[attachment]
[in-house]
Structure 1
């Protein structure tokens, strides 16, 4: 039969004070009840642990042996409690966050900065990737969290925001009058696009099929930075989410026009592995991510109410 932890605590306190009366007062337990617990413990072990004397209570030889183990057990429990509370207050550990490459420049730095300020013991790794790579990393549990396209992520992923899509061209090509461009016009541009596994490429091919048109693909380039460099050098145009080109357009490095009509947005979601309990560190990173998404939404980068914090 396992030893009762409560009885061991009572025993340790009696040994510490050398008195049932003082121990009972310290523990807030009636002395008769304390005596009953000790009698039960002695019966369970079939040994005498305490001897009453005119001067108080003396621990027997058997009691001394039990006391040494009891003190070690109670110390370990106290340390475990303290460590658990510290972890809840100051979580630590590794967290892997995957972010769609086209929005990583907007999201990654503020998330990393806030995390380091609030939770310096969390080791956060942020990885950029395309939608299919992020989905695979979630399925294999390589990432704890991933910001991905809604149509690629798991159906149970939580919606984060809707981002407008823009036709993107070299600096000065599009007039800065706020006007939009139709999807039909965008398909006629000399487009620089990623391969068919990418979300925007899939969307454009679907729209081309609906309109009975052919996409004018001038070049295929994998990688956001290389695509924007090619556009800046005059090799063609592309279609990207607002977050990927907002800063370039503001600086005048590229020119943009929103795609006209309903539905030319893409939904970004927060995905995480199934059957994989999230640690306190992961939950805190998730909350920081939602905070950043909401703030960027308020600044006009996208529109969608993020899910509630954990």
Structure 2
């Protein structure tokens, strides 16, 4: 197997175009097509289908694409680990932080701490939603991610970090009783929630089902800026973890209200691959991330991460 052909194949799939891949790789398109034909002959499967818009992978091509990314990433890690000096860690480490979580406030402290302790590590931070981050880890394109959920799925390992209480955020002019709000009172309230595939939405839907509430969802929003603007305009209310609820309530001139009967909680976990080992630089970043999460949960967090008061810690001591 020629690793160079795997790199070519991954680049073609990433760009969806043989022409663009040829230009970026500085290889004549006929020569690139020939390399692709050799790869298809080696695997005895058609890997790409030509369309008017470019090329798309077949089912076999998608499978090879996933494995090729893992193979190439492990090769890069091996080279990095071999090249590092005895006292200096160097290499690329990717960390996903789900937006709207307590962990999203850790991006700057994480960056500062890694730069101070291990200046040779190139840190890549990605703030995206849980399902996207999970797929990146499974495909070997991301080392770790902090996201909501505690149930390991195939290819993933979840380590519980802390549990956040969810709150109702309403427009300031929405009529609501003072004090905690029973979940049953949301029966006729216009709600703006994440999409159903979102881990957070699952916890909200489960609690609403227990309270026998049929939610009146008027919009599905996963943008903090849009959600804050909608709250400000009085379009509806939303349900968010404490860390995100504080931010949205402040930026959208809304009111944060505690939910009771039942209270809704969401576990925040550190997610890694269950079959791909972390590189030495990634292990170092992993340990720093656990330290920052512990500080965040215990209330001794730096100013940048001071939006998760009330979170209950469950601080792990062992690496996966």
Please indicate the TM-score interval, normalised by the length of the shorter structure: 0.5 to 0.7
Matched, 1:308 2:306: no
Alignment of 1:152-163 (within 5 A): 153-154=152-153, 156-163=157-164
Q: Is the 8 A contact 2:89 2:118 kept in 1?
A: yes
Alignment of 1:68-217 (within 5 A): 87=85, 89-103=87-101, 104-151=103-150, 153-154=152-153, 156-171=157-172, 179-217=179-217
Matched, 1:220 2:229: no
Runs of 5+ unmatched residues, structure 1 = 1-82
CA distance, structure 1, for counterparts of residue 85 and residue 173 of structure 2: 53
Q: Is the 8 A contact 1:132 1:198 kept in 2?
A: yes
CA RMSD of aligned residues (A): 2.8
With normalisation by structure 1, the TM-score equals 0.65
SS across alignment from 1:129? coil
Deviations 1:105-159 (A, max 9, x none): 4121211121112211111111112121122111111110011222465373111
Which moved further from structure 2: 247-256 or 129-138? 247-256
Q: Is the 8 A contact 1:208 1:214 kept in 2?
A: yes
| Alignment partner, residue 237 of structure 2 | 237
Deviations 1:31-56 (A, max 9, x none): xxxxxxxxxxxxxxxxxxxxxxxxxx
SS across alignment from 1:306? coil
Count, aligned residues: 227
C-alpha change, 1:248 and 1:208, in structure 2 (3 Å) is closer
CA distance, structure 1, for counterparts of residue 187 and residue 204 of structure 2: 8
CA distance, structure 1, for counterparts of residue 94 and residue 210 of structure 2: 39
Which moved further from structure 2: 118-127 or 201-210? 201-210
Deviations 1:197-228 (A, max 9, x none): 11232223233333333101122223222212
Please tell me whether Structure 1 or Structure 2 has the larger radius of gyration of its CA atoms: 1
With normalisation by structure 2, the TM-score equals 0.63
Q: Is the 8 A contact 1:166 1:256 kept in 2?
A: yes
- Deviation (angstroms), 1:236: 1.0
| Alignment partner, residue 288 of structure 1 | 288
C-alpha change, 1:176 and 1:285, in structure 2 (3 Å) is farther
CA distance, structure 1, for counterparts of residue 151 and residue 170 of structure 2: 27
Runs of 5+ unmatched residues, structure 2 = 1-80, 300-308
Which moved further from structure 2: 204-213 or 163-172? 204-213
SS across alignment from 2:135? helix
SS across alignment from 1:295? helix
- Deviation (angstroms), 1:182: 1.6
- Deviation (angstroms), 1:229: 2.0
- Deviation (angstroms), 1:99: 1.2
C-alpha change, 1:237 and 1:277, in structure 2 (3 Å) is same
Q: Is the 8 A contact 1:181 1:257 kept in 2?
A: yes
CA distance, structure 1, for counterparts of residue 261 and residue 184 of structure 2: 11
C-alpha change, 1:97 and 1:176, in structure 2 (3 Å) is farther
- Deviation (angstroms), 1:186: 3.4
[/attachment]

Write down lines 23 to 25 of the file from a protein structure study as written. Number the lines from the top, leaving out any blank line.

A: yes
| Alignment partner, residue 237 of structure 2 | 237
Deviations 1:31-56 (A, max 9, x none): xxxxxxxxxxxxxxxxxxxxxxxxxx